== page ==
Episode 229
Jul 7, 2020

We can’t reopen the economy without solving child care

America's child care system has been in crisis long before this pandemic.

It’s kind of a circular problem: If we’re ever going to get people back to work, they need child care. But those child care workers are out of work, too.

That’s leaving aside the nationwide reopenings and reclosings, and whether its even medically advisable to go back to work right now. As Congress weighs new coronavirus relief programs, both parties are making a point to devote billions to child care. But America’s child care system has been in crisis long before this pandemic.

“It’s not really a system, as we know systems. It is a patchwork of like 675,000 different programs, most of them are not licensed. Some of them are programs with multiple kids. Some of them are single providers and homes,” Washington Post education reporter Valerie Strauss said. “It’s very difficult for many parents to find affordable child care even in the best of times. So there is absolutely no way to fully reopen the economy without fixing this problem. And there are no answers.”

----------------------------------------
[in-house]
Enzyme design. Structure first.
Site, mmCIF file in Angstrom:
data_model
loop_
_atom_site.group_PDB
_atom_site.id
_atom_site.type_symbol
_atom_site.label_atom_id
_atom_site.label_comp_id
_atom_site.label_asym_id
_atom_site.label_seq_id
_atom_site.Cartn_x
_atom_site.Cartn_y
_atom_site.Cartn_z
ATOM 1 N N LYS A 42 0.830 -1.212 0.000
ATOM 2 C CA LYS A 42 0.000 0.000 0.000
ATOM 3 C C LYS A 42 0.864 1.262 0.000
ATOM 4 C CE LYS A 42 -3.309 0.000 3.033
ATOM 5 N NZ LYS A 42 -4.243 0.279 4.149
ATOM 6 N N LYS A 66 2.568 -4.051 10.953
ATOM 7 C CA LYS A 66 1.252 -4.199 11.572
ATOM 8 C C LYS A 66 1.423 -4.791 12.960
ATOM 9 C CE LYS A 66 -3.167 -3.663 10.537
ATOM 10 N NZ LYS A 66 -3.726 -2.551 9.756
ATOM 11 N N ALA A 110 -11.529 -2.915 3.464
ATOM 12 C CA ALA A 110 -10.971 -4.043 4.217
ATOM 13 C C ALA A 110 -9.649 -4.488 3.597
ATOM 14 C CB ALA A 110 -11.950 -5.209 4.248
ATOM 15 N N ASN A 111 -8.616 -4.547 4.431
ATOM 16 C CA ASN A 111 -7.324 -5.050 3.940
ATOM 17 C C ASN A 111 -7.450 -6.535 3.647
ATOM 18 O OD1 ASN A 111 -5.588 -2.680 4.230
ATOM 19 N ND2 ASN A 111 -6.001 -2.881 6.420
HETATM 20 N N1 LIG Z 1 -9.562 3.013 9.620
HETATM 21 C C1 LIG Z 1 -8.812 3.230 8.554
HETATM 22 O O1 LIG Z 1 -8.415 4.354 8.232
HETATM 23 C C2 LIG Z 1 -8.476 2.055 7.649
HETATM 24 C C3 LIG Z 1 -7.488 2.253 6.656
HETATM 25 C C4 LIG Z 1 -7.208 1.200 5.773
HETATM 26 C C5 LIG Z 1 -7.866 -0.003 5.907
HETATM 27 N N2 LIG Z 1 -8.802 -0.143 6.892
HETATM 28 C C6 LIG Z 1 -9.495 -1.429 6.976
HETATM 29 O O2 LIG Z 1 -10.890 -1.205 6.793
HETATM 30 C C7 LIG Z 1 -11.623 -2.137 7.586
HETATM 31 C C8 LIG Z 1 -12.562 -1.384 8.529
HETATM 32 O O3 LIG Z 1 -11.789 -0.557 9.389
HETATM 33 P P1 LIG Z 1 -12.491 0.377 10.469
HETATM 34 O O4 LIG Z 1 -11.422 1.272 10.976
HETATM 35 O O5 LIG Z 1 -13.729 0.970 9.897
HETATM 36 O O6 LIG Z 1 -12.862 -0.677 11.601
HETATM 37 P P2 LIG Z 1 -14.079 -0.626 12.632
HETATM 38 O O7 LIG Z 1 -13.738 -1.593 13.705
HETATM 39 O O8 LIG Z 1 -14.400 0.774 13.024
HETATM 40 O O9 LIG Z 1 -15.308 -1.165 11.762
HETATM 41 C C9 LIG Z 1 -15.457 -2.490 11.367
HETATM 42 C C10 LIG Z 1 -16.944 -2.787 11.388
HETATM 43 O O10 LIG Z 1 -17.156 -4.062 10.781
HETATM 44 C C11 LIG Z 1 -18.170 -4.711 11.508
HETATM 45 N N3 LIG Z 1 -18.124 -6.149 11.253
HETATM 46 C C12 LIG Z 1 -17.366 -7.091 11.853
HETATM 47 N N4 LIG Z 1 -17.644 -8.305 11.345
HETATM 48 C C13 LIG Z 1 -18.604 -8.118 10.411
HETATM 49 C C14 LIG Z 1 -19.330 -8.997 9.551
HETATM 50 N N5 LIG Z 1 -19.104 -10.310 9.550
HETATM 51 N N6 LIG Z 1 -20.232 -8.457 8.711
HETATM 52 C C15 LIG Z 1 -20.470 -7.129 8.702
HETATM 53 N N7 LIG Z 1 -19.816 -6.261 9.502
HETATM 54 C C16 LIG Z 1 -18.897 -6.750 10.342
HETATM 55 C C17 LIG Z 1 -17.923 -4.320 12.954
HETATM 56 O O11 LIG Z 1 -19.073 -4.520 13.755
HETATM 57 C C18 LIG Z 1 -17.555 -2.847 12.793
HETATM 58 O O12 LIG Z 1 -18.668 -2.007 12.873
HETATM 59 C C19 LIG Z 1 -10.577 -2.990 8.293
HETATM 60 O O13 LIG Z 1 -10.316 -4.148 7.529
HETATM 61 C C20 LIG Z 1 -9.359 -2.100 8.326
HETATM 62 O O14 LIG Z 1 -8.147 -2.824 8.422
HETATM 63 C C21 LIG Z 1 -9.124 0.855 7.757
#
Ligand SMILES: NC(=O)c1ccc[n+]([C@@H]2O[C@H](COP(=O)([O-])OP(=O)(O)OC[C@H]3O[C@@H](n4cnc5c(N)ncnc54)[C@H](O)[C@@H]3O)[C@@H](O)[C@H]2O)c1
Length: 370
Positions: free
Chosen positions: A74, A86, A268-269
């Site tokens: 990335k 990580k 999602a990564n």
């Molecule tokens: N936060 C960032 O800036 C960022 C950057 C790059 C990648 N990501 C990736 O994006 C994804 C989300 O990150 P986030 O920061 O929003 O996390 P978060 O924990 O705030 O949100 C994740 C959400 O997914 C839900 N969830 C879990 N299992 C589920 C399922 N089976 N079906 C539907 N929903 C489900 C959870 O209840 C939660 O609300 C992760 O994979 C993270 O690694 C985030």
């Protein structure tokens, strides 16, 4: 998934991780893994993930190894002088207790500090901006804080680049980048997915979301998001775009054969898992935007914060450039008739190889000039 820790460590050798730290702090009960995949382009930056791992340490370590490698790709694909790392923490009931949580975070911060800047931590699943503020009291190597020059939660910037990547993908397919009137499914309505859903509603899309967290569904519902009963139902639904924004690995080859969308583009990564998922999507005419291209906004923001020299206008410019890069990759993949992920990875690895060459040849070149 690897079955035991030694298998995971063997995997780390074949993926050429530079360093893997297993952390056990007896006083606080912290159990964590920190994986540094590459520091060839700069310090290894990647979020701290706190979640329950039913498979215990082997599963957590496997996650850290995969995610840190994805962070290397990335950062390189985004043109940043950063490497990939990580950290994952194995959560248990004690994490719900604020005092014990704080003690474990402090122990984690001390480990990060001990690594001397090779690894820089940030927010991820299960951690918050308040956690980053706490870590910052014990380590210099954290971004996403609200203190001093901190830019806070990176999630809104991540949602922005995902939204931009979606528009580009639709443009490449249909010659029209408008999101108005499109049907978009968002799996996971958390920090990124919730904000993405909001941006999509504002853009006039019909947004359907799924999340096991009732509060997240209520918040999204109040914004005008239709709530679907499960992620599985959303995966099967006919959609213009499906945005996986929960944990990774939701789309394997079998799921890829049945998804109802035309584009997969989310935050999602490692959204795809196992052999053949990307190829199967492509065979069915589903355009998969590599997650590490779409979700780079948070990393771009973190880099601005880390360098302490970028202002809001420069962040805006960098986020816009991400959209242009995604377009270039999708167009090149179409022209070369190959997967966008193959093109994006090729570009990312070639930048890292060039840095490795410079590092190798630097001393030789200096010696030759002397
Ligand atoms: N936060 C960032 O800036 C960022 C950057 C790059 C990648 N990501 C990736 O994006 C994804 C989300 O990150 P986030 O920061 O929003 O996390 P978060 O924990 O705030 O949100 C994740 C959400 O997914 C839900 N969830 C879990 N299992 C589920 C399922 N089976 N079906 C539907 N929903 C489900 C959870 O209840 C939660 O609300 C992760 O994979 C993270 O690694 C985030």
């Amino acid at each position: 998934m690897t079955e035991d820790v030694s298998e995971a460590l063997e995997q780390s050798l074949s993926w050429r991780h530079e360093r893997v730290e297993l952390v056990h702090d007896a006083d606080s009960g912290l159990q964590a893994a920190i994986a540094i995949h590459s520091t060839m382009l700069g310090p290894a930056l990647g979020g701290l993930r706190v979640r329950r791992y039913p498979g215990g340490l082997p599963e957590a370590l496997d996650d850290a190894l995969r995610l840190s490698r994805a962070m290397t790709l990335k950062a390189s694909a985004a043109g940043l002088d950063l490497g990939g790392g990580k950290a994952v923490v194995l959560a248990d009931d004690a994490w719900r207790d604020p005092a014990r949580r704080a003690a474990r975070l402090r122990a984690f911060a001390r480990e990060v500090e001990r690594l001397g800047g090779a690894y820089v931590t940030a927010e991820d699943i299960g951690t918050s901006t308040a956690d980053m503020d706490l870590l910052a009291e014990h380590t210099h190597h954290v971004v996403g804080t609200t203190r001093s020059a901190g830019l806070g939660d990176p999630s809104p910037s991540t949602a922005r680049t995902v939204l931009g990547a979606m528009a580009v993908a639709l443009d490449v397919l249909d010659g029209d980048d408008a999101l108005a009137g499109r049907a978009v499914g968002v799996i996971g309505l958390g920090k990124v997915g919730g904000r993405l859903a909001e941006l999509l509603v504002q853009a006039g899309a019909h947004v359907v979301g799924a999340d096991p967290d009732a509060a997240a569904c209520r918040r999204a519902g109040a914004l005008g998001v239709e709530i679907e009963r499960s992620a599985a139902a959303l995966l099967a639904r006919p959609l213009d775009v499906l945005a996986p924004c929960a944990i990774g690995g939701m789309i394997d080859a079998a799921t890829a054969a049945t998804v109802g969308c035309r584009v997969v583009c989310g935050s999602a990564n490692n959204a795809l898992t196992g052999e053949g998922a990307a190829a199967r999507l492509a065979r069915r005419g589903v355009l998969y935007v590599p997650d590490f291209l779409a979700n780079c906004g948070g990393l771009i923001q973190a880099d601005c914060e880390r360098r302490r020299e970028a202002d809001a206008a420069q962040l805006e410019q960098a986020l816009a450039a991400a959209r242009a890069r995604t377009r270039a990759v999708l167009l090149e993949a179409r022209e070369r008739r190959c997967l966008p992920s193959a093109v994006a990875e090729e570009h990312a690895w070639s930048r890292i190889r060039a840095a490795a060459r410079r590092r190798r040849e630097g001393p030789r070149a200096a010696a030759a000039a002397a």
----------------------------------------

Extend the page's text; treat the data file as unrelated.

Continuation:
Today Strauss will walk us through why the child care businesses, worth tens of billions of dollars, is in so much trouble. Plus we’ll talk about the obstacles to reopening day cares and schools, and the inequalities around child care that this pandemic has exposed.

Later, we hear from a Vermont sheep farmer with a new side gig, get some feedback to our education episode with Scott Galloway, and Kai Ryssdal answers the Make Me Smart question.

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Here’s a list of some of the stuff we’re talking about today:

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The team

Molly Wood Host
Jody Becker Interim Senior Producer
Tony Wagner Digital Producer
Sam Anderson Associate Producer